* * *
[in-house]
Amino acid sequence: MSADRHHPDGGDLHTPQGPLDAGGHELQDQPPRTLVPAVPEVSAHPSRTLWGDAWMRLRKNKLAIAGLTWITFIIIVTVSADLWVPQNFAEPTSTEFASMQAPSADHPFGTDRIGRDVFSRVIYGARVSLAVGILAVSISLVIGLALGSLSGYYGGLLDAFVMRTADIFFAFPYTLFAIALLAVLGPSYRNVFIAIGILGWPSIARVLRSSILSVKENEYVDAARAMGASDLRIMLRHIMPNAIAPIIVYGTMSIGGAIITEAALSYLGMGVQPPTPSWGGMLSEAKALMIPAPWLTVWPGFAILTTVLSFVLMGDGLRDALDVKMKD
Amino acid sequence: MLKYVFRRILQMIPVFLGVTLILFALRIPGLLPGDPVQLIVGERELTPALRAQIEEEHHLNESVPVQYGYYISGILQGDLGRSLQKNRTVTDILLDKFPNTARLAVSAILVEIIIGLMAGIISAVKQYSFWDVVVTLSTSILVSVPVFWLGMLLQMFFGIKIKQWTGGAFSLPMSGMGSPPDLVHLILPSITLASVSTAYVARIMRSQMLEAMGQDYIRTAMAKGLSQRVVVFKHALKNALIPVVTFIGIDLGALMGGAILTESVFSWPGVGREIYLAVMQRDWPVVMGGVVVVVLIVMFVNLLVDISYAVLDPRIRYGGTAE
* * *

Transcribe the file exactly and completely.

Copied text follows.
[in-house]
Amino acid sequence: MSADRHHPDGGDLHTPQGPLDAGGHELQDQPPRTLVPAVPEVSAHPSRTLWGDAWMRLRKNKLAIAGLTWITFIIIVTVSADLWVPQNFAEPTSTEFASMQAPSADHPFGTDRIGRDVFSRVIYGARVSLAVGILAVSISLVIGLALGSLSGYYGGLLDAFVMRTADIFFAFPYTLFAIALLAVLGPSYRNVFIAIGILGWPSIARVLRSSILSVKENEYVDAARAMGASDLRIMLRHIMPNAIAPIIVYGTMSIGGAIITEAALSYLGMGVQPPTPSWGGMLSEAKALMIPAPWLTVWPGFAILTTVLSFVLMGDGLRDALDVKMKD
Amino acid sequence: MLKYVFRRILQMIPVFLGVTLILFALRIPGLLPGDPVQLIVGERELTPALRAQIEEEHHLNESVPVQYGYYISGILQGDLGRSLQKNRTVTDILLDKFPNTARLAVSAILVEIIIGLMAGIISAVKQYSFWDVVVTLSTSILVSVPVFWLGMLLQMFFGIKIKQWTGGAFSLPMSGMGSPPDLVHLILPSITLASVSTAYVARIMRSQMLEAMGQDYIRTAMAKGLSQRVVVFKHALKNALIPVVTFIGIDLGALMGGAILTESVFSWPGVGREIYLAVMQRDWPVVMGGVVVVVLIVMFVNLLVDISYAVLDPRIRYGGTAE